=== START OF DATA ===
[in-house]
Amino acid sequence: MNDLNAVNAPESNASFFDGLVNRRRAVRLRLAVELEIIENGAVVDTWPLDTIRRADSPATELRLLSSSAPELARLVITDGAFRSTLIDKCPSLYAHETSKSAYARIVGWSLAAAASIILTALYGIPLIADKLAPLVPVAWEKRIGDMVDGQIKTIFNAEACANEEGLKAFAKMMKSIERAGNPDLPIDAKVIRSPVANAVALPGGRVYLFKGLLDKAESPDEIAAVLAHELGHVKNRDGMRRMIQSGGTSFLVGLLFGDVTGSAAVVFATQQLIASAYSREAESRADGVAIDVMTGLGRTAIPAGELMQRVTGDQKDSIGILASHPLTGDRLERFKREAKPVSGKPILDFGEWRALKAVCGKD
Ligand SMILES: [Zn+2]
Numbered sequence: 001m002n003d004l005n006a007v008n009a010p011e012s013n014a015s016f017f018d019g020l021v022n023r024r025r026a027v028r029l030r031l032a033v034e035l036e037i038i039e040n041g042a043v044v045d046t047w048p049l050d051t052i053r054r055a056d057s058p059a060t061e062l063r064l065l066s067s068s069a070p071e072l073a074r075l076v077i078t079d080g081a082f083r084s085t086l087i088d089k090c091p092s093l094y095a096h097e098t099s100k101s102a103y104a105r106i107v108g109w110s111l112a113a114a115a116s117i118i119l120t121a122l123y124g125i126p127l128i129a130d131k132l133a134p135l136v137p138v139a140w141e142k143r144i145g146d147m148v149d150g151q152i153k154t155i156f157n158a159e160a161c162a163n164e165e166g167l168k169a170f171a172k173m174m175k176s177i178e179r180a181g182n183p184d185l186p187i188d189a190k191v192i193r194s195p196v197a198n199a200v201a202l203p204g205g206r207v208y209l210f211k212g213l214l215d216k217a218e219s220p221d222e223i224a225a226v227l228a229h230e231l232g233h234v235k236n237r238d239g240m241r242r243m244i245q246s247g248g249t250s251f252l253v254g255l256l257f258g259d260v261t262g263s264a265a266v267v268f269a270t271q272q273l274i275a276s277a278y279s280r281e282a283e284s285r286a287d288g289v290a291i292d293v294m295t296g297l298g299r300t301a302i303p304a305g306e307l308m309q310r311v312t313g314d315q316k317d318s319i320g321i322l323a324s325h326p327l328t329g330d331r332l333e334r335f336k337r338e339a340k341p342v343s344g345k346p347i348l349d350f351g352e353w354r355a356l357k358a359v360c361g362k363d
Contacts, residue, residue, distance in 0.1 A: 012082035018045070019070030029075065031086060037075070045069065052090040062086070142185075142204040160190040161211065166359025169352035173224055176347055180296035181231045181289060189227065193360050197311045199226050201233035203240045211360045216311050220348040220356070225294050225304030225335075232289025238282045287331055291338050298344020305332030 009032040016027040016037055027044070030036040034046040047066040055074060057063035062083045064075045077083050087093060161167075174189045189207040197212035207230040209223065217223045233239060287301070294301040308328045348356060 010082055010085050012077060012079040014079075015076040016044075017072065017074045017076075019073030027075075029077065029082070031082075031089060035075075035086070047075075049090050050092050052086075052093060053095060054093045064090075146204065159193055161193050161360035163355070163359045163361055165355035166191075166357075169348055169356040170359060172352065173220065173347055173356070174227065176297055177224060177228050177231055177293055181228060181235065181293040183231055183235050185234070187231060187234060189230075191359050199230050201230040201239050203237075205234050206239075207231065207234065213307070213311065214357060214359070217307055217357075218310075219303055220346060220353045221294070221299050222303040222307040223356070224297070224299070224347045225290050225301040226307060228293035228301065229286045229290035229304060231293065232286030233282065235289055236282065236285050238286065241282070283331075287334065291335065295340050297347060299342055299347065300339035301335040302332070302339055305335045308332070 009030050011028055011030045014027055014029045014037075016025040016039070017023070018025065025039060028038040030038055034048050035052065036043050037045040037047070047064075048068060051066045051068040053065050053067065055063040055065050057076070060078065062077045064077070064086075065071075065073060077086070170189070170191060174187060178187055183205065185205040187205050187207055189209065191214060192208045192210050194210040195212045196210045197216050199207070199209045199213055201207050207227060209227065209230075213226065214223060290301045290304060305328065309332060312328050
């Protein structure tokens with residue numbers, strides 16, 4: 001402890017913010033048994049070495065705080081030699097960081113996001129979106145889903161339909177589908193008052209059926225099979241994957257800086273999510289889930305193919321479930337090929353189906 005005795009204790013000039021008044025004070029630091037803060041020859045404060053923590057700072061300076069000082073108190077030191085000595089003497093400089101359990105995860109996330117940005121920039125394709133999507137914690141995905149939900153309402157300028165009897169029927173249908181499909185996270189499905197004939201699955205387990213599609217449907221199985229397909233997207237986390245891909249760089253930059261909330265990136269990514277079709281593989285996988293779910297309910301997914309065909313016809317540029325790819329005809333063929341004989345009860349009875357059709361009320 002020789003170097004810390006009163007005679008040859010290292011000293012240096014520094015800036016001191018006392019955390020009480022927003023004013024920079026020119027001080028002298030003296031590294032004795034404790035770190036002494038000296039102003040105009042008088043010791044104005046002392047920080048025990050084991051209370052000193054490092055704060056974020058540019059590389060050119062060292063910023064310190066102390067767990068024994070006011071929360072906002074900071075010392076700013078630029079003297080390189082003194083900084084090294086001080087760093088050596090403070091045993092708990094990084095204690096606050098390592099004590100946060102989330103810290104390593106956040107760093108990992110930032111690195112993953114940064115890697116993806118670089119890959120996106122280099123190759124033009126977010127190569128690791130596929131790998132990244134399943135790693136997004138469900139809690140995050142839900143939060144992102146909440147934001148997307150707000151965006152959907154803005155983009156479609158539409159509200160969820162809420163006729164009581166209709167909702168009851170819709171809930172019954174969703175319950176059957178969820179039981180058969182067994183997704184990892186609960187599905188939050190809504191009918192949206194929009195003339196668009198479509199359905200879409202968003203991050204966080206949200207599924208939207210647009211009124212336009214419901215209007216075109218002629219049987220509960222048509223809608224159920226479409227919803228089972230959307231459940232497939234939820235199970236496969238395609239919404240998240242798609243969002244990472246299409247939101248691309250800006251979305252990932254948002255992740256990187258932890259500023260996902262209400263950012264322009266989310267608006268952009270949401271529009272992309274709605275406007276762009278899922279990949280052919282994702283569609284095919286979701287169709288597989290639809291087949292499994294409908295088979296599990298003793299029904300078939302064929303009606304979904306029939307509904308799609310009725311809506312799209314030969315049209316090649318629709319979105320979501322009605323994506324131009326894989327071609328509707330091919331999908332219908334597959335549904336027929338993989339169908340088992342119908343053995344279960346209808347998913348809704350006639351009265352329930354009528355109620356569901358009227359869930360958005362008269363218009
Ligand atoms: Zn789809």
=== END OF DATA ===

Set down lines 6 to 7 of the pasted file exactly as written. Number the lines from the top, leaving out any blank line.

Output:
């Protein structure tokens with residue numbers, strides 16, 4: 001402890017913010033048994049070495065705080081030699097960081113996001129979106145889903161339909177589908193008052209059926225099979241994957257800086273999510289889930305193919321479930337090929353189906 005005795009204790013000039021008044025004070029630091037803060041020859045404060053923590057700072061300076069000082073108190077030191085000595089003497093400089101359990105995860109996330117940005121920039125394709133999507137914690141995905149939900153309402157300028165009897169029927173249908181499909185996270189499905197004939201699955205387990213599609217449907221199985229397909233997207237986390245891909249760089253930059261909330265990136269990514277079709281593989285996988293779910297309910301997914309065909313016809317540029325790819329005809333063929341004989345009860349009875357059709361009320 002020789003170097004810390006009163007005679008040859010290292011000293012240096014520094015800036016001191018006392019955390020009480022927003023004013024920079026020119027001080028002298030003296031590294032004795034404790035770190036002494038000296039102003040105009042008088043010791044104005046002392047920080048025990050084991051209370052000193054490092055704060056974020058540019059590389060050119062060292063910023064310190066102390067767990068024994070006011071929360072906002074900071075010392076700013078630029079003297080390189082003194083900084084090294086001080087760093088050596090403070091045993092708990094990084095204690096606050098390592099004590100946060102989330103810290104390593106956040107760093108990992110930032111690195112993953114940064115890697116993806118670089119890959120996106122280099123190759124033009126977010127190569128690791130596929131790998132990244134399943135790693136997004138469900139809690140995050142839900143939060144992102146909440147934001148997307150707000151965006152959907154803005155983009156479609158539409159509200160969820162809420163006729164009581166209709167909702168009851170819709171809930172019954174969703175319950176059957178969820179039981180058969182067994183997704184990892186609960187599905188939050190809504191009918192949206194929009195003339196668009198479509199359905200879409202968003203991050204966080206949200207599924208939207210647009211009124212336009214419901215209007216075109218002629219049987220509960222048509223809608224159920226479409227919803228089972230959307231459940232497939234939820235199970236496969238395609239919404240998240242798609243969002244990472246299409247939101248691309250800006251979305252990932254948002255992740256990187258932890259500023260996902262209400263950012264322009266989310267608006268952009270949401271529009272992309274709605275406007276762009278899922279990949280052919282994702283569609284095919286979701287169709288597989290639809291087949292499994294409908295088979296599990298003793299029904300078939302064929303009606304979904306029939307509904308799609310009725311809506312799209314030969315049209316090649318629709319979105320979501322009605323994506324131009326894989327071609328509707330091919331999908332219908334597959335549904336027929338993989339169908340088992342119908343053995344279960346209808347998913348809704350006639351009265352329930354009528355109620356569901358009227359869930360958005362008269363218009
Ligand atoms: Zn789809």